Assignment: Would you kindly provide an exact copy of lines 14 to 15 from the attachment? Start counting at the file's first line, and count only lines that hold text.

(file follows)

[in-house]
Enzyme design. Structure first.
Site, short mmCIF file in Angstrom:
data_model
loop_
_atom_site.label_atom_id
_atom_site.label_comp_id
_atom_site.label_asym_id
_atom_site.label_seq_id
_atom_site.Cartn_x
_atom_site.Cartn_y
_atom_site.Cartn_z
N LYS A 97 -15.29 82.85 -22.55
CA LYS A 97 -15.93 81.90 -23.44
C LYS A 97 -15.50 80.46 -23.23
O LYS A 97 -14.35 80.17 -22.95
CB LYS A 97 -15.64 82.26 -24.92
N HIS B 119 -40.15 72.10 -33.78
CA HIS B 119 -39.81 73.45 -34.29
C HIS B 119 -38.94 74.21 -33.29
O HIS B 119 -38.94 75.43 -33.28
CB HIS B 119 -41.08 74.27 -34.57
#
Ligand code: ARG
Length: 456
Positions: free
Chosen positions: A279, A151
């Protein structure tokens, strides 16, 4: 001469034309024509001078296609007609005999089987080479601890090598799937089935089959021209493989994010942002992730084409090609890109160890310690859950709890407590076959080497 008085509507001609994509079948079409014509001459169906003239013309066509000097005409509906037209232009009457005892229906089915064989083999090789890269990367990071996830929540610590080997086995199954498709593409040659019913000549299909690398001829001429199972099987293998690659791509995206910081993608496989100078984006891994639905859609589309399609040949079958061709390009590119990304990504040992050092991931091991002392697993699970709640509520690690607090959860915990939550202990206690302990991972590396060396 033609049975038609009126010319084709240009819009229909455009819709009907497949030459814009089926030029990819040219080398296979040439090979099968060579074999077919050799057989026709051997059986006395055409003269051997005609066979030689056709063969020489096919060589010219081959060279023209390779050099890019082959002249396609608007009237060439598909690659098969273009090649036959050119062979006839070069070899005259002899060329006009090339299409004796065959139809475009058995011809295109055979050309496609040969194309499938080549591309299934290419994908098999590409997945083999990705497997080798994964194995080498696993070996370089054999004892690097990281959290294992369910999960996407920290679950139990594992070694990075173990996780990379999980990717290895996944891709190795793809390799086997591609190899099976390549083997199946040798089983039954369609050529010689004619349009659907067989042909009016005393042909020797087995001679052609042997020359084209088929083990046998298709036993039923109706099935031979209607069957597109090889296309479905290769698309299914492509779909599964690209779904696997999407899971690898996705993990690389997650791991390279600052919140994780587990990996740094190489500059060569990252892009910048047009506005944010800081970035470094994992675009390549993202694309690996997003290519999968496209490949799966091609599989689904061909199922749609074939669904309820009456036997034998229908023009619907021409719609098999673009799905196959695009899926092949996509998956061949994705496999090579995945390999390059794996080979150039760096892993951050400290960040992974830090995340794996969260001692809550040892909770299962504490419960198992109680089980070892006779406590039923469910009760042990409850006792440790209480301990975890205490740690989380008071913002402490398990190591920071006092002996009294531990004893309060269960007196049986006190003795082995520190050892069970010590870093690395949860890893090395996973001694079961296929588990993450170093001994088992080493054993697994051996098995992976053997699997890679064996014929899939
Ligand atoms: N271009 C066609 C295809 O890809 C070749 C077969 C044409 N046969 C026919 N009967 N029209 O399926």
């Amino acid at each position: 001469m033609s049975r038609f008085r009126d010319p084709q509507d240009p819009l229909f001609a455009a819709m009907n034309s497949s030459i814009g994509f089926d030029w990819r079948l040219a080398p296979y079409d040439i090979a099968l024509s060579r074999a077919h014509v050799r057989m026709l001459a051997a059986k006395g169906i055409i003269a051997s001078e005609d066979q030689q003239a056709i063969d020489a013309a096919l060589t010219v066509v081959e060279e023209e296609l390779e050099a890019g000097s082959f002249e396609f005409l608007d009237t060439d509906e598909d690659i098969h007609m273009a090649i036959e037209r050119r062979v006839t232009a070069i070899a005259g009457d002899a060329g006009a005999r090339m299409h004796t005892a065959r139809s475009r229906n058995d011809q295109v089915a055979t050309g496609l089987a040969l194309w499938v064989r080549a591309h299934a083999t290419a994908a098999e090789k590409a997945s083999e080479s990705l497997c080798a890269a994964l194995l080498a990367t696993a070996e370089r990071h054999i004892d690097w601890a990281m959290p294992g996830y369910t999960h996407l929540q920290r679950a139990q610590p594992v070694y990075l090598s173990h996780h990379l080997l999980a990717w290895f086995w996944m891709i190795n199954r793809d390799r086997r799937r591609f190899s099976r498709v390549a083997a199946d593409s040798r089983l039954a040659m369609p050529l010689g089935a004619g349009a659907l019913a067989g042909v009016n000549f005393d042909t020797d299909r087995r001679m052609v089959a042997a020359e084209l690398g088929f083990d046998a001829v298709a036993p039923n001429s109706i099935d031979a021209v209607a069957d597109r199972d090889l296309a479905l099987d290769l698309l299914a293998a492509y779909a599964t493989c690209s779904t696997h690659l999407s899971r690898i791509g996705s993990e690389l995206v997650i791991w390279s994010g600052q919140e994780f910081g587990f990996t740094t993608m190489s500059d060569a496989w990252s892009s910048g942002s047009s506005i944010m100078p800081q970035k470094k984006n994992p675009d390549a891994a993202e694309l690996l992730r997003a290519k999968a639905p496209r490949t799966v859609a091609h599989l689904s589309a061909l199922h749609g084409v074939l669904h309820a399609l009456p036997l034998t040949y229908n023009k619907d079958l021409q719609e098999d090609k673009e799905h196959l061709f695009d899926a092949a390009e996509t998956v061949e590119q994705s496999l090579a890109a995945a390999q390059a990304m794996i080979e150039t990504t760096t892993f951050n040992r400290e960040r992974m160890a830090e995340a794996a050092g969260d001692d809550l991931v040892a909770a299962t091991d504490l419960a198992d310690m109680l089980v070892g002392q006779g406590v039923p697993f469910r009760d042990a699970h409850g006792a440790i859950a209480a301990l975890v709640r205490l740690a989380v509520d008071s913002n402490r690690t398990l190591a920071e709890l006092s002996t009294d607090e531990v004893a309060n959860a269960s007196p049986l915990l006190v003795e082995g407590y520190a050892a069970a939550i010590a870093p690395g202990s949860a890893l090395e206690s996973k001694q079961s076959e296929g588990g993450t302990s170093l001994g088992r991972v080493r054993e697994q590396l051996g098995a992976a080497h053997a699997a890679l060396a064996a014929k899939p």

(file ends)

CA LYS A 97 -15.93 81.90 -23.44
C LYS A 97 -15.50 80.46 -23.23